One hundred and fifty minutes of moderate physical activity spread over the entire week might not sound like much to exercise enthusiasts. (It breaks down to 22 minutes per day.) Yet the overwhelming majority of Americans — about 80 percent of adults and teens — have been failing to meet that goal, which was set forth by the U.S. Department of Health and Human Services (HHS) a decade ago.

Now, in an effort to get more people moving, the 2018 update to the guidelines have been simplified: “Adults should move more and sit less throughout the day. Some physical activity is better than none.”

That’s a key change between the 2008 Physical Activity Guidelines for Americans and the 2018 version, which was presented earlier this month at the American Heart Association’s Scientific Sessions.

While it might seem like the new guidelines set the bar quite a bit lower, the old rules haven’t been entirely abandoned. While the basic principle boils down to “move more,” the current guidelines also say that for substantial health benefits, it’s best to get 150 to 300 minutes of moderate activity (or 75 minutes to 150 minutes of vigorous activity) per week.

Meanwhile, the new guidelines eliminate the old stipulation that said exercise has to be done in bouts of at least 10 minutes to count toward a goal of 150 minutes or more per week.

The authors state that “current evidence shows that the total volume of moderate-to-vigorous physical activity is related to many health benefits; bouts of a prescribed duration are not essential.” That means a walking a bit further in a parking lot, taking the stairs instead of the elevator, and doing jumping jacks for one minute all count.

The new physical activity guidelines also emphasize the importance of making exercise a priority from an early age. This is the first time that the HSS Physical Activity Guidelines have included recommendations for the preschool set, though no specific goal other than keeping kids ages 3 to 5 “physically active throughout the day” has been established. Older kids and teens are directed to get 60 minutes or more of moderate to vigorous activity every day.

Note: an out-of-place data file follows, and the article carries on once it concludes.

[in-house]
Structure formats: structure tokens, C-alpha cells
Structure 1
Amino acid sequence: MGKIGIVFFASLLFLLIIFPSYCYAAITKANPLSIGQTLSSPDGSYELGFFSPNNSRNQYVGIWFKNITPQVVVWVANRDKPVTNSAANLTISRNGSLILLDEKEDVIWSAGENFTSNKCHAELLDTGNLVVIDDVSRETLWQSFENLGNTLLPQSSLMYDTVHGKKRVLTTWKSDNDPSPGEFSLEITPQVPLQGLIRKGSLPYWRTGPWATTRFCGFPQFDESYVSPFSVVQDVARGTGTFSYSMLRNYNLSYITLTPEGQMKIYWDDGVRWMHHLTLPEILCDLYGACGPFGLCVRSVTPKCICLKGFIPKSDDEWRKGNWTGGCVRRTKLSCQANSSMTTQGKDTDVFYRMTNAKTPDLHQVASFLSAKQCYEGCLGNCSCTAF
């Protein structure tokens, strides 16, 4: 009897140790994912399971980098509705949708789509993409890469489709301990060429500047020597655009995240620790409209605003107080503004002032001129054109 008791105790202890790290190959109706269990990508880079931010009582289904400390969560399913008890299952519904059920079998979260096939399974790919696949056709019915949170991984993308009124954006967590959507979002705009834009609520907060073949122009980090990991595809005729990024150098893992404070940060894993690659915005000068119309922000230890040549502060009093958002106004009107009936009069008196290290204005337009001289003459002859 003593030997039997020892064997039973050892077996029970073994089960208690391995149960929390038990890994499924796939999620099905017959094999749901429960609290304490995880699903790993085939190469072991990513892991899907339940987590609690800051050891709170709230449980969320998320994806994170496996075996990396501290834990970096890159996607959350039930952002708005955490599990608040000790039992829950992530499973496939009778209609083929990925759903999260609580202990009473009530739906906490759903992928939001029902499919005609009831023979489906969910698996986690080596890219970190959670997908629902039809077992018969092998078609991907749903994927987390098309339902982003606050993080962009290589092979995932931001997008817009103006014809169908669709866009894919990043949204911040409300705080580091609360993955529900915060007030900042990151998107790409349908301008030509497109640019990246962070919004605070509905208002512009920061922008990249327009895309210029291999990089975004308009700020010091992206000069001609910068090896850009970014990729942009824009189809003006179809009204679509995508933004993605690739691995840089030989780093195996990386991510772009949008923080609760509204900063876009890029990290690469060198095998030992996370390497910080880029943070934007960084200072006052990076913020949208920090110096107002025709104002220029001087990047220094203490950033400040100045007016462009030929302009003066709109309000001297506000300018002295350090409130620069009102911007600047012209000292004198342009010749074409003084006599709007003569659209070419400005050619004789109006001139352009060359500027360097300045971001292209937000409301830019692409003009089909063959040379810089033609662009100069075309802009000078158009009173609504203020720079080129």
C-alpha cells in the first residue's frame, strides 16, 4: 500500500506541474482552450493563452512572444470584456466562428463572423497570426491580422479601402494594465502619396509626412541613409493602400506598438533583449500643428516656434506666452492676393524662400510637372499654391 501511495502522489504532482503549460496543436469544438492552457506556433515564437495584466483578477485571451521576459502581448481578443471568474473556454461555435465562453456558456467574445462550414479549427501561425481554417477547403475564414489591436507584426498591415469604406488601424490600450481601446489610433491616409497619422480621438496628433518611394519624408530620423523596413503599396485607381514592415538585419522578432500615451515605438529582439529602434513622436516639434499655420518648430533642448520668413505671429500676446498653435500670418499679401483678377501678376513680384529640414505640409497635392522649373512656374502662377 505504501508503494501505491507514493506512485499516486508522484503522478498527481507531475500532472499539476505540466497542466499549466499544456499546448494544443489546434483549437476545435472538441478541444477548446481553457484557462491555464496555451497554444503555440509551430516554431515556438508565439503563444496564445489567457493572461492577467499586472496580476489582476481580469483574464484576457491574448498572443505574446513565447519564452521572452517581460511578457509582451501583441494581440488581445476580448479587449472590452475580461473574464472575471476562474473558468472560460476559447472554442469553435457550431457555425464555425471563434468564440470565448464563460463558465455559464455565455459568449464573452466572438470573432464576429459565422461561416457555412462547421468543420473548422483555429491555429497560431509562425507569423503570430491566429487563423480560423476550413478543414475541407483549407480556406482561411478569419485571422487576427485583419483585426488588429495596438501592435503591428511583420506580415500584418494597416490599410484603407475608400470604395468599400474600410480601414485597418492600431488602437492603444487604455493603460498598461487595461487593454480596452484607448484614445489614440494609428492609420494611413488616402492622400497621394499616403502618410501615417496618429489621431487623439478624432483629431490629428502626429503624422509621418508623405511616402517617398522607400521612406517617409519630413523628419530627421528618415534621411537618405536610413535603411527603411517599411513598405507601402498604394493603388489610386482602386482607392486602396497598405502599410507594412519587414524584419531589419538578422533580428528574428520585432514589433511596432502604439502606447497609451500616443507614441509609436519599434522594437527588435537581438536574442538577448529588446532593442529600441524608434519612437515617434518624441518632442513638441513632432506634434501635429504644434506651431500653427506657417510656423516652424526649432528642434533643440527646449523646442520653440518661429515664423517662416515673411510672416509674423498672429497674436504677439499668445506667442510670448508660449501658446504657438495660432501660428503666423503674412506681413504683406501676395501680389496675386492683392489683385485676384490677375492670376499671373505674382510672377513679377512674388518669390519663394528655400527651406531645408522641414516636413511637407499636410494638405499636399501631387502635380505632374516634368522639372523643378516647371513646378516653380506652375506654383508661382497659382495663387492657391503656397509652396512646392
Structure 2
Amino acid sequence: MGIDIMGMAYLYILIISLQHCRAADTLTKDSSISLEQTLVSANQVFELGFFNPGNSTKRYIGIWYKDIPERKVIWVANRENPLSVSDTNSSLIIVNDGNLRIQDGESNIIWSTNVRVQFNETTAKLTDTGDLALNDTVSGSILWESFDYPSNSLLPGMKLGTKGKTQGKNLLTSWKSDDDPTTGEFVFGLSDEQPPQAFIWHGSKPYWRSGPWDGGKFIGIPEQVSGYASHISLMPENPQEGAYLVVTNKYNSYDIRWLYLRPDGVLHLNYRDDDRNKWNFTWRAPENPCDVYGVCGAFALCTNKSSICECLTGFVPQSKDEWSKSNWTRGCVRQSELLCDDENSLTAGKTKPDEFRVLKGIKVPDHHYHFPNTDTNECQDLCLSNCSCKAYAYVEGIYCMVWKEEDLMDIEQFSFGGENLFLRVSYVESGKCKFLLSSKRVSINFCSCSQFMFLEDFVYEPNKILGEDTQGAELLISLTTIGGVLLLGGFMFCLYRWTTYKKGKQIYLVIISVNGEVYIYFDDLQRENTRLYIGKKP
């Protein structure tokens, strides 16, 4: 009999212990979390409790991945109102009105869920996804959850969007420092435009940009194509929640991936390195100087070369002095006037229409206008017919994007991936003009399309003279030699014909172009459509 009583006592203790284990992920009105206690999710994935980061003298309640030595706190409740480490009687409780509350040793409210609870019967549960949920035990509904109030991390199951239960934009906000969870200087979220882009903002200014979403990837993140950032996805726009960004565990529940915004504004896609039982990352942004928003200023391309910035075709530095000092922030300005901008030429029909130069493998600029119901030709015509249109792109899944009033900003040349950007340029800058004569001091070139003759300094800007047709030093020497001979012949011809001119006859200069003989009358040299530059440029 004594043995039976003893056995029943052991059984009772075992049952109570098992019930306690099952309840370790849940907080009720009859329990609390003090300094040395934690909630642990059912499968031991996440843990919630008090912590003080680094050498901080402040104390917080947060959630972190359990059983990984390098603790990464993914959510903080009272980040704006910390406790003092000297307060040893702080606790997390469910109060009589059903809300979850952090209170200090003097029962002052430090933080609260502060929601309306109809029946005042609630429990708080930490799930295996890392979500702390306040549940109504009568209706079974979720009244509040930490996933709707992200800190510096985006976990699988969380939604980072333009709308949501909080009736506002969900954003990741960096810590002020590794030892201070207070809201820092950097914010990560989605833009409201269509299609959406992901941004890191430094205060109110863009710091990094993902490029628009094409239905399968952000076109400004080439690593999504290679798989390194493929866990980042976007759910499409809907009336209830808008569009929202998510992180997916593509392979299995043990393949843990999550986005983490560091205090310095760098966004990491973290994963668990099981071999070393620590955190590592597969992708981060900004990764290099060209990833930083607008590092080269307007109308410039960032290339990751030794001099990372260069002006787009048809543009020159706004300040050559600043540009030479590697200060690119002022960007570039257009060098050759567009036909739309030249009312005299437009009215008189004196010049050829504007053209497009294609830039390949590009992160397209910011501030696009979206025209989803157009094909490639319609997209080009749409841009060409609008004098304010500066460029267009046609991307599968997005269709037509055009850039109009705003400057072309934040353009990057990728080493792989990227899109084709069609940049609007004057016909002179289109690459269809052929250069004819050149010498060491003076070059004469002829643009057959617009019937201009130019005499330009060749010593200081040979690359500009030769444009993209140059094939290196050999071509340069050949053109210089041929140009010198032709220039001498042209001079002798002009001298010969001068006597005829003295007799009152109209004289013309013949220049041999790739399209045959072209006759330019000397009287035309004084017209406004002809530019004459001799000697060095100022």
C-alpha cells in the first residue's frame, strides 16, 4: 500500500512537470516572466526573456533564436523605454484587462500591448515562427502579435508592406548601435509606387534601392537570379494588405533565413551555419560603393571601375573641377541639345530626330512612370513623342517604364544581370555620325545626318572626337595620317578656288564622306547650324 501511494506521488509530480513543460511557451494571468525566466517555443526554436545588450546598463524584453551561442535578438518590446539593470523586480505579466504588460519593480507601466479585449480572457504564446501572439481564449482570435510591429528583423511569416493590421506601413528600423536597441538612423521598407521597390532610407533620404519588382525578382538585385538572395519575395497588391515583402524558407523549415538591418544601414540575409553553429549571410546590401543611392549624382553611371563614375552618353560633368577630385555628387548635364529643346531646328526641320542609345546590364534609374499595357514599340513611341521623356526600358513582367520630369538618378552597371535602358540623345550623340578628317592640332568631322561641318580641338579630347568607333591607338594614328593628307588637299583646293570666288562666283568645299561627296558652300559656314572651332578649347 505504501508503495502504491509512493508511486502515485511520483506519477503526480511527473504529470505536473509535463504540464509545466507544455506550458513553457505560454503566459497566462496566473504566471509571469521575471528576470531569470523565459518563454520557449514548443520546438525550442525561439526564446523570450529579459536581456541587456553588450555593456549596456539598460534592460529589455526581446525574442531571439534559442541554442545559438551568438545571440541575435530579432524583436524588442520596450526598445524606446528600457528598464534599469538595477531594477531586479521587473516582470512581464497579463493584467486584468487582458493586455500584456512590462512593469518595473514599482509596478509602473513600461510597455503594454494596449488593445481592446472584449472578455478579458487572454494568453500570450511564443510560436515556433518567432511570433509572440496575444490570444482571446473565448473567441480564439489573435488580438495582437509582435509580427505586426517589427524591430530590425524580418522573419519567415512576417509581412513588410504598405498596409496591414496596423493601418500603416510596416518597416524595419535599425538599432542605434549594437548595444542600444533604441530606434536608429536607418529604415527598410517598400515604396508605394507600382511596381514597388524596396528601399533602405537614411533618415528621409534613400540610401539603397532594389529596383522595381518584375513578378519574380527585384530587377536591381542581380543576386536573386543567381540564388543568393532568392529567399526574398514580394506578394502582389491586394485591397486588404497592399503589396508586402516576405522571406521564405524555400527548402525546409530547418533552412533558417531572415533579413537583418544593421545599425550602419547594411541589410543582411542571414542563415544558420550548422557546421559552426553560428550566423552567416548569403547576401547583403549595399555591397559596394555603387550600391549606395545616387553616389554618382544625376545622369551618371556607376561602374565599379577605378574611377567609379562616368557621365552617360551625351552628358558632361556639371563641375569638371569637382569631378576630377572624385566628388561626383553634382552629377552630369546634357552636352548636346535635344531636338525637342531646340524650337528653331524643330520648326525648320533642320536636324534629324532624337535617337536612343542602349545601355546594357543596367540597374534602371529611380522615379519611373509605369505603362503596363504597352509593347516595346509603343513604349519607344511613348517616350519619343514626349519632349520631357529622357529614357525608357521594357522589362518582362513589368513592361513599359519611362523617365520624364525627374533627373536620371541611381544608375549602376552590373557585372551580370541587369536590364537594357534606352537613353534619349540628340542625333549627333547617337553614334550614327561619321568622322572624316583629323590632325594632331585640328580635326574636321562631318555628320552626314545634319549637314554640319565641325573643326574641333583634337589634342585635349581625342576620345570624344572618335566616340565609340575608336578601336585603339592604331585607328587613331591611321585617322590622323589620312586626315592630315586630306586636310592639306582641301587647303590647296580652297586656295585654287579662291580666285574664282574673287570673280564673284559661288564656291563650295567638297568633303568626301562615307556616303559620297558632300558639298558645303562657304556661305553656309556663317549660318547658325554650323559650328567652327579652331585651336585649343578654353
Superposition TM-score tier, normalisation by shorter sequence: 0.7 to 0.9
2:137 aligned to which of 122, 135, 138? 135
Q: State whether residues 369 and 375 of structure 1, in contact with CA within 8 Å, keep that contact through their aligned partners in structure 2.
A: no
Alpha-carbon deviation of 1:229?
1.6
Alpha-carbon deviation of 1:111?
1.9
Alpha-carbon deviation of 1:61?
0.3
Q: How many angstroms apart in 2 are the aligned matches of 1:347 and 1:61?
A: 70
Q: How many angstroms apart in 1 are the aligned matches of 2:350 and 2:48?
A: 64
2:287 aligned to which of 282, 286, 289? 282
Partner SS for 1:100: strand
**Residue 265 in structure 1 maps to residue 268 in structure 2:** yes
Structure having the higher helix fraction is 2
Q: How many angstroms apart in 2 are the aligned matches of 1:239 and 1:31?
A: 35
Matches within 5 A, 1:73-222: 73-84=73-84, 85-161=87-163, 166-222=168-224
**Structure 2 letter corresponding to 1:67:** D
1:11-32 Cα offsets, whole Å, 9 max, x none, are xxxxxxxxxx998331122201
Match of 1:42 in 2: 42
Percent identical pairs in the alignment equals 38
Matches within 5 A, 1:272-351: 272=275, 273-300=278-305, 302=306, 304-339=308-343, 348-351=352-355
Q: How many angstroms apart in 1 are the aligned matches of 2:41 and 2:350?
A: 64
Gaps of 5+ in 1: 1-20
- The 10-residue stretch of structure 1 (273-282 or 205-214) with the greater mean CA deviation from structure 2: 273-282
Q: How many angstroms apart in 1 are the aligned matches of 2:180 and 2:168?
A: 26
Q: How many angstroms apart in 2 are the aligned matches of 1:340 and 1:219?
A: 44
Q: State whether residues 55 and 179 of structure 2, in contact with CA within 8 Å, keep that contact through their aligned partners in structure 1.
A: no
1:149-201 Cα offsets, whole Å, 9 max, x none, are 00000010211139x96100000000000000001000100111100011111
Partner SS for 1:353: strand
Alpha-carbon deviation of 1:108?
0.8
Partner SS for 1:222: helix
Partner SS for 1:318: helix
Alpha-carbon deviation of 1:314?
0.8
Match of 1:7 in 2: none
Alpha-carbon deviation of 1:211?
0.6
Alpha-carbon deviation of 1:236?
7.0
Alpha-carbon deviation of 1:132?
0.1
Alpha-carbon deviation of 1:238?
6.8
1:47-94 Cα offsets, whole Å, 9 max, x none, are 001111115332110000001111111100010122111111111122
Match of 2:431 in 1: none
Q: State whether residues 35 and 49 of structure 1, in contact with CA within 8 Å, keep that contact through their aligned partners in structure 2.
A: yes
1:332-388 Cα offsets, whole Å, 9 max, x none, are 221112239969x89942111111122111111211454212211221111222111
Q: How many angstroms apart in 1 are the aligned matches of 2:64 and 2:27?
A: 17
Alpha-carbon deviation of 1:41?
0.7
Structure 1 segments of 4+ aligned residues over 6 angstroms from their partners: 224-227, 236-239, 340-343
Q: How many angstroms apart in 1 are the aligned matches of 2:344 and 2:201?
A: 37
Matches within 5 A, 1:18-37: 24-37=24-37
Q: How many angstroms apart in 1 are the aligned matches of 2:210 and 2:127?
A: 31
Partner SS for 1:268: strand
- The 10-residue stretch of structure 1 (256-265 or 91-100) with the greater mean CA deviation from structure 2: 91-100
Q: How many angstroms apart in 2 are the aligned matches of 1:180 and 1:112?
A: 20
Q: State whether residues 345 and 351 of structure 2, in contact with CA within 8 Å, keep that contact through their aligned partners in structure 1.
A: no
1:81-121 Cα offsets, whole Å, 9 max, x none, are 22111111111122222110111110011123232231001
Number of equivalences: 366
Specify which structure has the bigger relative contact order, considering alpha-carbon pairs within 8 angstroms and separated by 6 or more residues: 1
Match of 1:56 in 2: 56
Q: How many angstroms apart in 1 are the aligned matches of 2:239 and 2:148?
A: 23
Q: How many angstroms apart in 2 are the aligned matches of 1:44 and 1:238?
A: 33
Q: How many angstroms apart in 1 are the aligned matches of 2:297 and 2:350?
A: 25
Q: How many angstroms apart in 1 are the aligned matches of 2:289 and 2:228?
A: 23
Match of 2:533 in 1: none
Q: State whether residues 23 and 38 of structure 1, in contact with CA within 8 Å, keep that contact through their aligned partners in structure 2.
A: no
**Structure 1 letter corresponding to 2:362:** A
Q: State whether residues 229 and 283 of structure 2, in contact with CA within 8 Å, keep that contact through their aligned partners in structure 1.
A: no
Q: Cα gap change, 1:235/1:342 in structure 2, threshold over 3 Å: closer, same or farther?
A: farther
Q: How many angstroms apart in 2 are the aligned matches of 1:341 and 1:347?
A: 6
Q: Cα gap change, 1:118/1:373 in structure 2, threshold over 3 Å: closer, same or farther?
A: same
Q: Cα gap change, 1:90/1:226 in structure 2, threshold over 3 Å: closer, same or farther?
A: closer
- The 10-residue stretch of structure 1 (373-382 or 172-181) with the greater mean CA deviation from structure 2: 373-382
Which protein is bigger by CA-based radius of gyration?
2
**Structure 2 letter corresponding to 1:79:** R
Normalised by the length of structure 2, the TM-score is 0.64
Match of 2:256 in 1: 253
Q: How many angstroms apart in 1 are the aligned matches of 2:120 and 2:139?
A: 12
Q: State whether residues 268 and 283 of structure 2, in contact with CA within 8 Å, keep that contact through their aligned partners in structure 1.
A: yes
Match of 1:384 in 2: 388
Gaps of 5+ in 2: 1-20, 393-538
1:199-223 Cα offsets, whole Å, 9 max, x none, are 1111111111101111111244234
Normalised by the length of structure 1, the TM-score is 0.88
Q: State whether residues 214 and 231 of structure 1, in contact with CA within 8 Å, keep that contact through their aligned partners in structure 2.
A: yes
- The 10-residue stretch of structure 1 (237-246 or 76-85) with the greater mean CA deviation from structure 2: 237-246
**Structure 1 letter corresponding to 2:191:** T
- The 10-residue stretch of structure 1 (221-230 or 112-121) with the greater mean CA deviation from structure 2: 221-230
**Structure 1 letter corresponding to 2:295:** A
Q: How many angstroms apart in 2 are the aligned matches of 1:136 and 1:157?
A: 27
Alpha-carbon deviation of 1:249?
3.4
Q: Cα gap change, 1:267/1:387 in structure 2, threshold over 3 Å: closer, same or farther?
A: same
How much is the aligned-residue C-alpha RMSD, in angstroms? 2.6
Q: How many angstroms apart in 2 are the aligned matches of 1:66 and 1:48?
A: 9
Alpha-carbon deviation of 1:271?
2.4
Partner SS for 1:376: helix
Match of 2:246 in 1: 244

The guidelines don’t let older adults and those with chronic conditions off the hook, either. Seniors are encouraged to shoot for at least 150 minutes of activity each week (the same ideal target for younger adults), or to do as much as they physically can. People with disabilities and chronic conditions are advised to do the same if possible, though they guidelines state that they ought to consult with a health care practitioner or fitness specialist about the amount of type and amount of activity that’s appropriate.

Why the push for more exercise for everyone? “Physical activity aids in reducing the risk of myriad diseases, including obesity, type 2 diabetes, cardiovascular disease, dementia, and eight forms of cancer (bladder, breast, colon, endometrium, esophagus, kidney, lung, and stomach),” two HSS representatives wrote in an accompanying viewpoint to the new guidelines in JAMA. “Physical activity improves sleep and physical function, prevents injury from falls, and is beneficial as an adjunct to pain management, particularly for persons with osteoarthritis or other rheumatic conditions. Overall, individuals who meet the [Physical Activity Guidelines] recommendations could lower their risk of premature death by 33 percent, compared with those who are not physically active.”

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